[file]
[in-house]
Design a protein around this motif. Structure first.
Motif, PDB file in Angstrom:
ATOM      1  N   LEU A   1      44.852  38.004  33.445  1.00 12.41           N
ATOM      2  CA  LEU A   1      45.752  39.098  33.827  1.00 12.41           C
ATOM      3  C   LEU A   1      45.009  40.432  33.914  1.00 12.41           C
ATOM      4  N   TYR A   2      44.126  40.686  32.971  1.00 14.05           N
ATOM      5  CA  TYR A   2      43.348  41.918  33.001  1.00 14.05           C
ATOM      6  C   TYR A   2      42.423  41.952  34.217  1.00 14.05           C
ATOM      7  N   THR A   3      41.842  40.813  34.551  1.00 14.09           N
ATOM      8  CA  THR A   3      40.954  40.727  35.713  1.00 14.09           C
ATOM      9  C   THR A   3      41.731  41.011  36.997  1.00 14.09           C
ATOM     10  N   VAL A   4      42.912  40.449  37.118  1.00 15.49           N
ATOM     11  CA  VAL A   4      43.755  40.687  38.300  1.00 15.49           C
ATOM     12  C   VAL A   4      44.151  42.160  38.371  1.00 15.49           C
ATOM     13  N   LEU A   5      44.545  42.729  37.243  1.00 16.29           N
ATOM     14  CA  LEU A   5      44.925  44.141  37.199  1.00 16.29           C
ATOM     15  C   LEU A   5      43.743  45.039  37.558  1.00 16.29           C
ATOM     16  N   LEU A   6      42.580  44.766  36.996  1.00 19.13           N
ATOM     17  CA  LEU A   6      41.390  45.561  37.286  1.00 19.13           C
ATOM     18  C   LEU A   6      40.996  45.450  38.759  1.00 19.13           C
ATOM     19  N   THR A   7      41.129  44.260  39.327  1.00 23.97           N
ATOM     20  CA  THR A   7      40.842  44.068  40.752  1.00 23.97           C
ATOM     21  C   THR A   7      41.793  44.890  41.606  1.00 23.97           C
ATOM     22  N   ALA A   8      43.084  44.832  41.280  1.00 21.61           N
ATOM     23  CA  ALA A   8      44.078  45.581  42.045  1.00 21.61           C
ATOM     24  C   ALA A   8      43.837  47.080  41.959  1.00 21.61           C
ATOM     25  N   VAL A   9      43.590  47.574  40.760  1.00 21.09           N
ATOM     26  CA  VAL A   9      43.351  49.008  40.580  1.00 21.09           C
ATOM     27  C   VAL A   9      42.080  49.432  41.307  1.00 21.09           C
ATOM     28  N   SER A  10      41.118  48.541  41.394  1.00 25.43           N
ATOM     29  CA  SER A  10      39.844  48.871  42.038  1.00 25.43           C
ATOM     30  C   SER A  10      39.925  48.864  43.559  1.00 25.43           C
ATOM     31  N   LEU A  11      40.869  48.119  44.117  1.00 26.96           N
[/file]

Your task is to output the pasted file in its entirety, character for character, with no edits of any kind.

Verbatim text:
[in-house]
Design a protein around this motif. Structure first.
Motif, PDB file in Angstrom:
ATOM      1  N   LEU A   1      44.852  38.004  33.445  1.00 12.41           N
ATOM      2  CA  LEU A   1      45.752  39.098  33.827  1.00 12.41           C
ATOM      3  C   LEU A   1      45.009  40.432  33.914  1.00 12.41           C
ATOM      4  N   TYR A   2      44.126  40.686  32.971  1.00 14.05           N
ATOM      5  CA  TYR A   2      43.348  41.918  33.001  1.00 14.05           C
ATOM      6  C   TYR A   2      42.423  41.952  34.217  1.00 14.05           C
ATOM      7  N   THR A   3      41.842  40.813  34.551  1.00 14.09           N
ATOM      8  CA  THR A   3      40.954  40.727  35.713  1.00 14.09           C
ATOM      9  C   THR A   3      41.731  41.011  36.997  1.00 14.09           C
ATOM     10  N   VAL A   4      42.912  40.449  37.118  1.00 15.49           N
ATOM     11  CA  VAL A   4      43.755  40.687  38.300  1.00 15.49           C
ATOM     12  C   VAL A   4      44.151  42.160  38.371  1.00 15.49           C
ATOM     13  N   LEU A   5      44.545  42.729  37.243  1.00 16.29           N
ATOM     14  CA  LEU A   5      44.925  44.141  37.199  1.00 16.29           C
ATOM     15  C   LEU A   5      43.743  45.039  37.558  1.00 16.29           C
ATOM     16  N   LEU A   6      42.580  44.766  36.996  1.00 19.13           N
ATOM     17  CA  LEU A   6      41.390  45.561  37.286  1.00 19.13           C
ATOM     18  C   LEU A   6      40.996  45.450  38.759  1.00 19.13           C
ATOM     19  N   THR A   7      41.129  44.260  39.327  1.00 23.97           N
ATOM     20  CA  THR A   7      40.842  44.068  40.752  1.00 23.97           C
ATOM     21  C   THR A   7      41.793  44.890  41.606  1.00 23.97           C
ATOM     22  N   ALA A   8      43.084  44.832  41.280  1.00 21.61           N
ATOM     23  CA  ALA A   8      44.078  45.581  42.045  1.00 21.61           C
ATOM     24  C   ALA A   8      43.837  47.080  41.959  1.00 21.61           C
ATOM     25  N   VAL A   9      43.590  47.574  40.760  1.00 21.09           N
ATOM     26  CA  VAL A   9      43.351  49.008  40.580  1.00 21.09           C
ATOM     27  C   VAL A   9      42.080  49.432  41.307  1.00 21.09           C
ATOM     28  N   SER A  10      41.118  48.541  41.394  1.00 25.43           N
ATOM     29  CA  SER A  10      39.844  48.871  42.038  1.00 25.43           C
ATOM     30  C   SER A  10      39.925  48.864  43.559  1.00 25.43           C
ATOM     31  N   LEU A  11      40.869  48.119  44.117  1.00 26.96           N